17. Tu AW, Humphries KH, Lear SA. Longitudinal changes in visceral and subcutaneous adipose tissue and metabolic syndrome: Results from the Multicultural Community Health Assessment Trial (M-CHAT). Diabetes Metab Syndr Clin Res Rev [Internet]. 2017;11:S957–61. DOI: 10.1016/j.dsx.2017.07.022
  18. Pinto AM, Bordoli C, Buckner LP, Kim C, Kaplan PC, Del Arenal IM, et al. Intermittent energy restriction is comparable to continuous energy restriction for cardiometabolic health in adults with central obesity: A randomized controlled trial; the Met-IER study. Clin Nutr [Internet]. 2019;39(6):1753–63. DOI: 10.1016/j.clnu.2019.07.014
  19. Okube OT, Kimani S, Waithira M. Association of dietary patterns and practices on metabolic syndrome in adults with central obesity attending a mission hospital in Kenya: a cross-sectional study. BMJ Open [Internet]. 2020;10(10). DOI: 10.1136/bmjopen-2020-039131
  20. Provido SMP, Abris GP, Hong S, Yu SH, Lee CB, Lee JE. Association of fried food intake with prehypertension and hypertension: The Filipino women’s diet and health study. Nutr Res Pract [Internet]. 2020;14(1):76–84. DOI: 10.4162/nrp.2020.14.1.76
  21. Entwistle MR, Schweizer D, Cisneros R. Dietary patterns related to total mortality and cancer mortality in the United States. Cancer Causes Control [Internet]. 2021;32(11):1279–88. DOI: 10.1007/s10552-021-01478-2
  22. Jamka M, Mądry E, Krzyżanowska-Jankowska P, Skrypnik D, Szulińska M, Mądry R, et al. The effect of endurance and endurance-strength training on body composition and cardiometabolic markers in abdominally obese women: a randomised trial. Sci Rep [Internet]. 2021;11(1):1–14. DOI: 10.1038/s41598-021-90526-7
  23. Wedell-Neergaard AS, Lang Lehrskov L, Christensen RH, Legaard GE, Dorph E, Larsen MK, et al. Exercise-Induced Changes in Visceral Adipose Tissue Mass Are Regulated by IL-6 Signaling: A Randomized Controlled Trial. Cell Metab [Internet]. 2019;29(4):844-855.e3. DOI: 10.1016/j.cmet.2018.12.007
  24. Dhingra R, Sullivan L, Jacques PF, Wang TJ, Fox CS, Meigs JB, et al. Soft Drink Consumption and Risk of Developing Cardiometabolic Risk Factors and The Metabolic Syndrome in Middle-aged Adults in The Community. Circulation. 2007;116(5):480–8
  25. Agodi A, Maugeri A, Kunzova S, Sochor O, Bauerova H, Kiacova N, et al. Association of dietary patterns with metabolic syndrome: Results from the kardiovize brno 2030 study. Nutrients. 2018;10(7)
  26. An SJ, Jung MH, Ihm SH, Yang Y jung, Youn HJ. Effect of physical activity on the cardiometabolic profiles of non-obese and obese subjects: Results from the Korea National Health and Nutritional Examination Survey. PLoS One [Internet]. 2019;14(3):1–14. DOI: 10.1371/journal.pone.0208189
  27. Leite MLC, Nicolosi A. Dietary patterns and metabolic syndrome factors in a non-diabetic Italian population. Public Health Nutr [Internet]. 2009;12(9):1494–503. DOI: 10.1017/S1368980008004539
  28. Suliga E, Cieśla E, Rębak D, Kozieł D, Głuszek S. Relationship Between Sitting Time, Physical Activity, and Metabolic Syndrome Among Adults Depending on Body Mass Index (BMI). Med Sci Monit [Internet]. 2018;24:7633–45. DOI: 10.12659/MSM.907582
  29. Huang LY, Wang YP, Wei BF, Yang J, Wang JQ, Wu BH, et al. Deficiency of IRTKS as an adaptor of insulin receptor leads to insulin resistance. Cell Res [Internet]. 2013;23(11):1310–21. DOI: 10.1038/cr.2013.99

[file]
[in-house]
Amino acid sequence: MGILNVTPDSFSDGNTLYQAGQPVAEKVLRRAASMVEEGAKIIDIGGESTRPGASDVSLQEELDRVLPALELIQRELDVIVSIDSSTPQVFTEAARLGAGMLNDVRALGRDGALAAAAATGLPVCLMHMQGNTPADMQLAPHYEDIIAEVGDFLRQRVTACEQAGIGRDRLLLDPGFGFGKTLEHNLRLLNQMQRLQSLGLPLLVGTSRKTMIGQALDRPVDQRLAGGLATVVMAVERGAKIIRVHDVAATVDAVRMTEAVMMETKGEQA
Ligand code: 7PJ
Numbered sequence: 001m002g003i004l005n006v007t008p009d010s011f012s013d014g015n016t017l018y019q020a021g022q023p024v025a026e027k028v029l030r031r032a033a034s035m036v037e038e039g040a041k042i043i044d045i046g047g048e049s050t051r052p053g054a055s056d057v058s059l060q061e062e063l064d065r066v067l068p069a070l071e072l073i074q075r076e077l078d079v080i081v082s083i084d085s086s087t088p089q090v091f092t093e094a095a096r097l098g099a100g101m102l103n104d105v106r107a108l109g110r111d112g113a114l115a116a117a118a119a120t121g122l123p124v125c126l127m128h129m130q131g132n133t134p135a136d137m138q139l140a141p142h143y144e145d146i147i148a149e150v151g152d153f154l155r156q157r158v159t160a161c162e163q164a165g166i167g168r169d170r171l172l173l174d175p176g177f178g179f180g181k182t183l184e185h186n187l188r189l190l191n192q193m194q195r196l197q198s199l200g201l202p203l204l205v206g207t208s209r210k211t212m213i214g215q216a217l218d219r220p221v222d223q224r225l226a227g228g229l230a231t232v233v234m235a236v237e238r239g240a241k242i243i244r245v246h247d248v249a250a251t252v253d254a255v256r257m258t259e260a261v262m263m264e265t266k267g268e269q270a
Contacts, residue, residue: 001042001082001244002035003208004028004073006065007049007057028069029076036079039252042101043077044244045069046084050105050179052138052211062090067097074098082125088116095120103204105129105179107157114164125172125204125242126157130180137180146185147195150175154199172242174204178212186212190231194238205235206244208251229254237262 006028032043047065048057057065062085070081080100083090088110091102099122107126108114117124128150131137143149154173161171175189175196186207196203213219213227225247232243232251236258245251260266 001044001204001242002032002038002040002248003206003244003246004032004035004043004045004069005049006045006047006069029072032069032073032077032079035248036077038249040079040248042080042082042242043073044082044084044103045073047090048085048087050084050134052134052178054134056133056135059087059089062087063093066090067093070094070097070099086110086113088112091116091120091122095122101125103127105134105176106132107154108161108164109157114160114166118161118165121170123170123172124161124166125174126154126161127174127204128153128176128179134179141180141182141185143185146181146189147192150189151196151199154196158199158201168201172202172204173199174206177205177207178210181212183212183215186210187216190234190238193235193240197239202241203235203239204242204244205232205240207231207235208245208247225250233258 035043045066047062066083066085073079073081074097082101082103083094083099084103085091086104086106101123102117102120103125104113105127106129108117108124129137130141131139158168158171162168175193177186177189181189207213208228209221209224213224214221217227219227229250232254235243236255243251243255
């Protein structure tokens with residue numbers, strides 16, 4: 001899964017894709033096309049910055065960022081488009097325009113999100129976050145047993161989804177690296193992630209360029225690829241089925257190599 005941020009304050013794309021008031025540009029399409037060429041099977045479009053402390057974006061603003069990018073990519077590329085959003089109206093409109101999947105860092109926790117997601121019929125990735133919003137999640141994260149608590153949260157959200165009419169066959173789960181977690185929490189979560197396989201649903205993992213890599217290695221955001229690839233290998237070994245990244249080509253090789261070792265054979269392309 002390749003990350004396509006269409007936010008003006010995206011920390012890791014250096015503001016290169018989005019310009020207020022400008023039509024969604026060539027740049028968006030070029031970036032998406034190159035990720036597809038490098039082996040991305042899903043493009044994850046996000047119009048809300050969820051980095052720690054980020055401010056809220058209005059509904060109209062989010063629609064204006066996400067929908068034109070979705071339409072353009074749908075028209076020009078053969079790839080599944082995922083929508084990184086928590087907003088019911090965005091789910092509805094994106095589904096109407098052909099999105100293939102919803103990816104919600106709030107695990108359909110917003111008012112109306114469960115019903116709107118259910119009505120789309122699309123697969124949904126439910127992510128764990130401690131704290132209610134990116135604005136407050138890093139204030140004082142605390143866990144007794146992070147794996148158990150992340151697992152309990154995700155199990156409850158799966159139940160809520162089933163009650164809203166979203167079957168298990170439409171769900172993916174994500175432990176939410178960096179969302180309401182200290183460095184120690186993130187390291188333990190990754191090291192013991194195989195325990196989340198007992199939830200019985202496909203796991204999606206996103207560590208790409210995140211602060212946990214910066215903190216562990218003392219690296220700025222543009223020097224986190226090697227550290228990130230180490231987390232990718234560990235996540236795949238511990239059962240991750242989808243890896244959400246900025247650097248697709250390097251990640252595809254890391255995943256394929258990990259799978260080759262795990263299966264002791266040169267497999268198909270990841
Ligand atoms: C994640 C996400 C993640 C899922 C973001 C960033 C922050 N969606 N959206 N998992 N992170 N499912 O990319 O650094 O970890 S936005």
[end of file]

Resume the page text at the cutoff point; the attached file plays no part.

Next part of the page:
30. Bennet L, Stenkula K, Cushman SW, Brismar K. BMI and waist circumference cut-offs for corresponding levels of insulin sensitivity in a Middle Eastern immigrant versus native Swedish population - the MEDIM population based study. BMC Public Health [Internet]. 2016;16(1):1–12. DOI: 10.1186/s12889-016-3892-1
  31. Tayyem RF, Al-Radaideh AM, Hammad SS, Al-Hajaj S, Allehdan SS, Agraib LM, et al. Subcutaneous and visceral fat volumes measured by MRI and their relationships with nutrient intakes among adults. Asia Pac J Clin Nutr [Internet]. 2019;28(2):300–9. DOI: 10.6133/apjcn.201906_28(2).0012
  32. Kurniasari R, Andriani E. Pengaruh Asupan Natrium Dalam Makanan Jajanan Terhadap Tekanan Darah Remaja ( Uji Cross Sectional Pada MahasiswaTingkat Pertama Fakultas Ilmu Kesehatan UNSIKA ). Nutr Diaita [Internet]. 2018;10(2):41–8
  33. Mizéhoun-Adissoda C, Houinato D, Houehanou C, Chianea T, Dalmay F, Bigot A, et al. Dietary sodium and potassium intakes: Data from urban and rural areas. Nutrition [Internet]. 2017;33:35–41. DOI: 10.1016/j.nut.2016.08.007
  34. Parry SA, Woods RM, Hodson L, Hulston CJ. A Single Day of Excessive Dietary Fat Intake Reduces Whole-body Insulin Sensitivity: The Metabolic Consequence of Binge Eating. Nutrients [Internet]. 2017;9(8). DOI: 10.3390/nu9080818
  35. Cheng M, Wang H, Wang Z, Du W, Ouyang Y, Zhang B. Relationship between dietary factors and the number of altered metabolic syndrome components in Chinese adults: A cross-sectional study using data from the China Health and Nutrition Survey. BMJ Open [Internet]. 2017;7(5):1–12. DOI: 10.1136/bmjopen-2016-014911
  36. Helal EGE, Abdelaziz MA, El-Gamal MS. Adverse Effects of Mono Sodium Glutamate, Sodium Benzoate and Chlorophyllins on some Physiological Parameters in Male Albino Rats. Egypt J Hosp Med [Internet]. 2019;76(3):3702–8. DOI: 10.21608/ejhm.2019.39915
  37. Konieczna J, Morey M, Abete I, Bes-Rastrollo M, Ruiz-Canela M, Vioque J, et al. Contribution of ultra-processed foods in visceral fat deposition and other adiposity indicators: Prospective analysis nested in the PREDIMED-Plus trial. Clin Nutr [Internet]. 2021;40(6):4290–300. DOI: 10.1016/j.clnu.2021.01.019
  38. Zelber-Sagi S, Ivancovsky-Wajcman D, Fliss Isakov N, Webb M, Orenstein D, Shibolet O, et al. High red and processed meat consumption is associated with non-alcoholic fatty liver disease and insulin resistance. J Hepatol [Internet]. 2018;68(6):1239–46. DOI: 10.1016/j.jhep.2018.01.015
  39. World Health Organization. Waist Circumference and Waist–Hip Ratio: Report of A WHO Expert Consultation: Ginebra, 8-11, 2011 [Internet]. Geneva: WHO; 2011. 8–11 p
  40. Khalili-Moghadam S, Mirmiran P, Bahadoran Z, Azizi F. The Mediterranean diet and risk of type 2 diabetes in Iranian population. Eur J Clin Nutr [Internet]. 2019;73(1):72–8. DOI: 10.1038/s41430-018-0336-2
  41. Tucker LA. Fiber intake and insulin resistance in 6374 adults: The role of abdominal obesity. Nutrients [Internet]. 2018;10(2). DOI: 10.3390/nu10020237

Last update:

No citation recorded.

Last update: 2024-05-26 08:54:55

No citation recorded.